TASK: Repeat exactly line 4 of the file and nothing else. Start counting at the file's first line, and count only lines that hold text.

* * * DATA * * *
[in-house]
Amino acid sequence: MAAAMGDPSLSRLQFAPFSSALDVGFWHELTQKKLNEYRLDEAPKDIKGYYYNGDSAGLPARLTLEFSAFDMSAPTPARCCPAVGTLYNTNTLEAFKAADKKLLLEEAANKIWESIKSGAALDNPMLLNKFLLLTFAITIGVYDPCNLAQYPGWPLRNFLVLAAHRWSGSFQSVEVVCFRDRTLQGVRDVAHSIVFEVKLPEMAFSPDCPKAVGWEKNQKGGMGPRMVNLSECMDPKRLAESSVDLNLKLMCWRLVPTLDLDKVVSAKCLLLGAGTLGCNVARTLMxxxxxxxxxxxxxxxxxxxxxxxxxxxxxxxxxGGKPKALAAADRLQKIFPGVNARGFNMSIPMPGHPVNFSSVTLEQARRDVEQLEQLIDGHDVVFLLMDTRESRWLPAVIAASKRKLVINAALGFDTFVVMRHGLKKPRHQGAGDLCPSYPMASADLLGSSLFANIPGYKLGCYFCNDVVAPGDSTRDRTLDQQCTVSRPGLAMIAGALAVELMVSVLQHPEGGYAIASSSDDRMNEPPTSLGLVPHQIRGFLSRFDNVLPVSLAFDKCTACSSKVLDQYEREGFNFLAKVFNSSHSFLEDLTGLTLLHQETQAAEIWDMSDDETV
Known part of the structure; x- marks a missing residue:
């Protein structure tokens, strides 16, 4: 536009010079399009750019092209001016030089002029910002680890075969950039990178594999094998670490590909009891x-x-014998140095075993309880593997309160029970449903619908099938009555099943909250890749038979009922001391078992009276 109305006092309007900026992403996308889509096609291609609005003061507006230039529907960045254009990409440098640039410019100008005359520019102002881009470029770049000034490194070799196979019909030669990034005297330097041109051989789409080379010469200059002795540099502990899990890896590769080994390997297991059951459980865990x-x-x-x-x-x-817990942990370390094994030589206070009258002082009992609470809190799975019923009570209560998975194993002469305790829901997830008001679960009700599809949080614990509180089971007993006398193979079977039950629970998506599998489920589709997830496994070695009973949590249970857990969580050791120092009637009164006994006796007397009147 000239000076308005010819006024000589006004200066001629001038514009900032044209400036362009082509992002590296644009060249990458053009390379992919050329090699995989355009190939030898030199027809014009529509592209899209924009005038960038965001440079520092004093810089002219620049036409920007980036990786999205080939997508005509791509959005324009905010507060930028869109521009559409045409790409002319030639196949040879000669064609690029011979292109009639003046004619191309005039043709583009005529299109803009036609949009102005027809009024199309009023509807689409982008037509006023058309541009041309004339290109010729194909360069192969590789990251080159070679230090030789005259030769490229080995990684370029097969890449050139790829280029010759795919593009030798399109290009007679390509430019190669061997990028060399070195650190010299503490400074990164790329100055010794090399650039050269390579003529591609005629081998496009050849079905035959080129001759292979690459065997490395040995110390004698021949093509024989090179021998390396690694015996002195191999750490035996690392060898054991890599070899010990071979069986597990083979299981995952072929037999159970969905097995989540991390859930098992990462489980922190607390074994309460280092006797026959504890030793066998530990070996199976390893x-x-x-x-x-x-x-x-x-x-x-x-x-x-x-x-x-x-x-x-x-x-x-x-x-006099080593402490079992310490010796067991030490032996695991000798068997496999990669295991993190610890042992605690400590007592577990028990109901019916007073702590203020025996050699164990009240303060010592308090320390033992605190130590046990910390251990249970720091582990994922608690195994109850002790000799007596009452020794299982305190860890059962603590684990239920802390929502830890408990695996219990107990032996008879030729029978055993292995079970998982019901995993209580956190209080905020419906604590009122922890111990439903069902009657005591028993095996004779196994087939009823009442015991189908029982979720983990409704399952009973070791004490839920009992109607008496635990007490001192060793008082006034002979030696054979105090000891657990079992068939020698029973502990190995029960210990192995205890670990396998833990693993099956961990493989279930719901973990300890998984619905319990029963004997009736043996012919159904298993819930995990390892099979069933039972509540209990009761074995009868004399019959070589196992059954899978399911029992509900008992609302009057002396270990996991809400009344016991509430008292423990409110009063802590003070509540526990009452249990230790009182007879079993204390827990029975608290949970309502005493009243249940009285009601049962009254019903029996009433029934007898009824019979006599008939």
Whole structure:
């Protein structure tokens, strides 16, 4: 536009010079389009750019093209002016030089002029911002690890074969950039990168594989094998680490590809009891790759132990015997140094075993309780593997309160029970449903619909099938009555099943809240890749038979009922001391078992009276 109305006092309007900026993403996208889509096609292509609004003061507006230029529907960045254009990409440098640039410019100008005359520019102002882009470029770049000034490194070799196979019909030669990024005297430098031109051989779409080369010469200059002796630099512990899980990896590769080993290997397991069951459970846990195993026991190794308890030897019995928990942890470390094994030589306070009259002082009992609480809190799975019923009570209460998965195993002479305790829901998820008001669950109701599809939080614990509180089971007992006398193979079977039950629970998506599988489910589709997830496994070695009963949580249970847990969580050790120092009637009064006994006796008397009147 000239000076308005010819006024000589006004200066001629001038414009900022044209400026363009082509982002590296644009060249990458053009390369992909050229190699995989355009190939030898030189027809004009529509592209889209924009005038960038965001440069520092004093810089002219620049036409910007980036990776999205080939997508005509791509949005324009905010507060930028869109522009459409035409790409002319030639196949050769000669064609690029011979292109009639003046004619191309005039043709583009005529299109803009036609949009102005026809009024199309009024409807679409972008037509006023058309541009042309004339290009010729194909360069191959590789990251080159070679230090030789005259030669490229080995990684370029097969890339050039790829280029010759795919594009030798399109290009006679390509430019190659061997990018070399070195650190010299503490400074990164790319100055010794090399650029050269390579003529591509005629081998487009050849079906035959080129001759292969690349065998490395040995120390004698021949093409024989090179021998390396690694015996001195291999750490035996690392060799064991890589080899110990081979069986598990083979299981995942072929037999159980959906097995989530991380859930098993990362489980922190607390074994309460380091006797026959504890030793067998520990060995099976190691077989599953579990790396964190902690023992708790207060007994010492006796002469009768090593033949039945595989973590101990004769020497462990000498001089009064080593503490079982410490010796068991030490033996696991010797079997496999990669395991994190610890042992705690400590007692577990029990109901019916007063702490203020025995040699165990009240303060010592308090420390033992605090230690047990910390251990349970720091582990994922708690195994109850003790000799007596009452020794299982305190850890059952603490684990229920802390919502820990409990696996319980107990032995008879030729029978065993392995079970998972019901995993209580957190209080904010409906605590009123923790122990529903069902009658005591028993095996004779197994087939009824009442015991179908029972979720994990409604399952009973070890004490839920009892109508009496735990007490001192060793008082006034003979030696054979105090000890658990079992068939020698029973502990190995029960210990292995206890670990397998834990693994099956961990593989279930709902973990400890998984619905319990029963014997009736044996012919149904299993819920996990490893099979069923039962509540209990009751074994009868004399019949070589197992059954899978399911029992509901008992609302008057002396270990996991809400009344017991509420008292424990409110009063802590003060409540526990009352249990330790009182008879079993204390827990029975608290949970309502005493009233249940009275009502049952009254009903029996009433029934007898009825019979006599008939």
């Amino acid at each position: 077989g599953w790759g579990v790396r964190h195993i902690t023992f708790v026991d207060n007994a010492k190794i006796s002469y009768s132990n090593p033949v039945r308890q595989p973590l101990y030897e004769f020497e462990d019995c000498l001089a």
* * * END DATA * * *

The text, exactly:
């Protein structure tokens, strides 16, 4: 536009010079399009750019092209001016030089002029910002680890075969950039990178594999094998670490590909009891x-x-014998140095075993309880593997309160029970449903619908099938009555099943909250890749038979009922001391078992009276 109305006092309007900026992403996308889509096609291609609005003061507006230039529907960045254009990409440098640039410019100008005359520019102002881009470029770049000034490194070799196979019909030669990034005297330097041109051989789409080379010469200059002795540099502990899990890896590769080994390997297991059951459980865990x-x-x-x-x-x-817990942990370390094994030589206070009258002082009992609470809190799975019923009570209560998975194993002469305790829901997830008001679960009700599809949080614990509180089971007993006398193979079977039950629970998506599998489920589709997830496994070695009973949590249970857990969580050791120092009637009164006994006796007397009147 000239000076308005010819006024000589006004200066001629001038514009900032044209400036362009082509992002590296644009060249990458053009390379992919050329090699995989355009190939030898030199027809014009529509592209899209924009005038960038965001440079520092004093810089002219620049036409920007980036990786999205080939997508005509791509959005324009905010507060930028869109521009559409045409790409002319030639196949040879000669064609690029011979292109009639003046004619191309005039043709583009005529299109803009036609949009102005027809009024199309009023509807689409982008037509006023058309541009041309004339290109010729194909360069192969590789990251080159070679230090030789005259030769490229080995990684370029097969890449050139790829280029010759795919593009030798399109290009007679390509430019190669061997990028060399070195650190010299503490400074990164790329100055010794090399650039050269390579003529591609005629081998496009050849079905035959080129001759292979690459065997490395040995110390004698021949093509024989090179021998390396690694015996002195191999750490035996690392060898054991890599070899010990071979069986597990083979299981995952072929037999159970969905097995989540991390859930098992990462489980922190607390074994309460280092006797026959504890030793066998530990070996199976390893x-x-x-x-x-x-x-x-x-x-x-x-x-x-x-x-x-x-x-x-x-x-x-x-x-006099080593402490079992310490010796067991030490032996695991000798068997496999990669295991993190610890042992605690400590007592577990028990109901019916007073702590203020025996050699164990009240303060010592308090320390033992605190130590046990910390251990249970720091582990994922608690195994109850002790000799007596009452020794299982305190860890059962603590684990239920802390929502830890408990695996219990107990032996008879030729029978055993292995079970998982019901995993209580956190209080905020419906604590009122922890111990439903069902009657005591028993095996004779196994087939009823009442015991189908029982979720983990409704399952009973070791004490839920009992109607008496635990007490001192060793008082006034002979030696054979105090000891657990079992068939020698029973502990190995029960210990192995205890670990396998833990693993099956961990493989279930719901973990300890998984619905319990029963004997009736043996012919159904298993819930995990390892099979069933039972509540209990009761074995009868004399019959070589196992059954899978399911029992509900008992609302009057002396270990996991809400009344016991509430008292423990409110009063802590003070509540526990009452249990230790009182007879079993204390827990029975608290949970309502005493009243249940009285009601049962009254019903029996009433029934007898009824019979006599008939």